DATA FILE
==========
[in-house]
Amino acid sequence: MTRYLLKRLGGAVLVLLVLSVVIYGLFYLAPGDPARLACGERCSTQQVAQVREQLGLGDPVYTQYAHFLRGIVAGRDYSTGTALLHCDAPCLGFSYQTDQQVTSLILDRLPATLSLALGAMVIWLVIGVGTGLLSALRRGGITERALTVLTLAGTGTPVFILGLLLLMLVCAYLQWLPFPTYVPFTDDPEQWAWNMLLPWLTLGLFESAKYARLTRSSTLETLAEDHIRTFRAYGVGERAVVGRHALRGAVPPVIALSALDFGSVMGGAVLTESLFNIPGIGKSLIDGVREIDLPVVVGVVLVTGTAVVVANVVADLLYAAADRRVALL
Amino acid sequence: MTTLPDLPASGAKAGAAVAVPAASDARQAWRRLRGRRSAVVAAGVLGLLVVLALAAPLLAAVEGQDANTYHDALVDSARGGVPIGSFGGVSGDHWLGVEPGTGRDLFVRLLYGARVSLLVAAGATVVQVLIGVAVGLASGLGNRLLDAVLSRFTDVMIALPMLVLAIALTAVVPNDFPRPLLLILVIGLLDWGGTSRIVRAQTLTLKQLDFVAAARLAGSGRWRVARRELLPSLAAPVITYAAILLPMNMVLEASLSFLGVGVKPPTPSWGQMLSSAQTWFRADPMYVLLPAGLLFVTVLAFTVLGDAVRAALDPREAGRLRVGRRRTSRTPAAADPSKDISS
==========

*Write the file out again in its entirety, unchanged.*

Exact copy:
[in-house]
Amino acid sequence: MTRYLLKRLGGAVLVLLVLSVVIYGLFYLAPGDPARLACGERCSTQQVAQVREQLGLGDPVYTQYAHFLRGIVAGRDYSTGTALLHCDAPCLGFSYQTDQQVTSLILDRLPATLSLALGAMVIWLVIGVGTGLLSALRRGGITERALTVLTLAGTGTPVFILGLLLLMLVCAYLQWLPFPTYVPFTDDPEQWAWNMLLPWLTLGLFESAKYARLTRSSTLETLAEDHIRTFRAYGVGERAVVGRHALRGAVPPVIALSALDFGSVMGGAVLTESLFNIPGIGKSLIDGVREIDLPVVVGVVLVTGTAVVVANVVADLLYAAADRRVALL
Amino acid sequence: MTTLPDLPASGAKAGAAVAVPAASDARQAWRRLRGRRSAVVAAGVLGLLVVLALAAPLLAAVEGQDANTYHDALVDSARGGVPIGSFGGVSGDHWLGVEPGTGRDLFVRLLYGARVSLLVAAGATVVQVLIGVAVGLASGLGNRLLDAVLSRFTDVMIALPMLVLAIALTAVVPNDFPRPLLLILVIGLLDWGGTSRIVRAQTLTLKQLDFVAAARLAGSGRWRVARRELLPSLAAPVITYAAILLPMNMVLEASLSFLGVGVKPPTPSWGQMLSSAQTWFRADPMYVLLPAGLLFVTVLAFTVLGDAVRAALDPREAGRLRVGRRRTSRTPAAADPSKDISS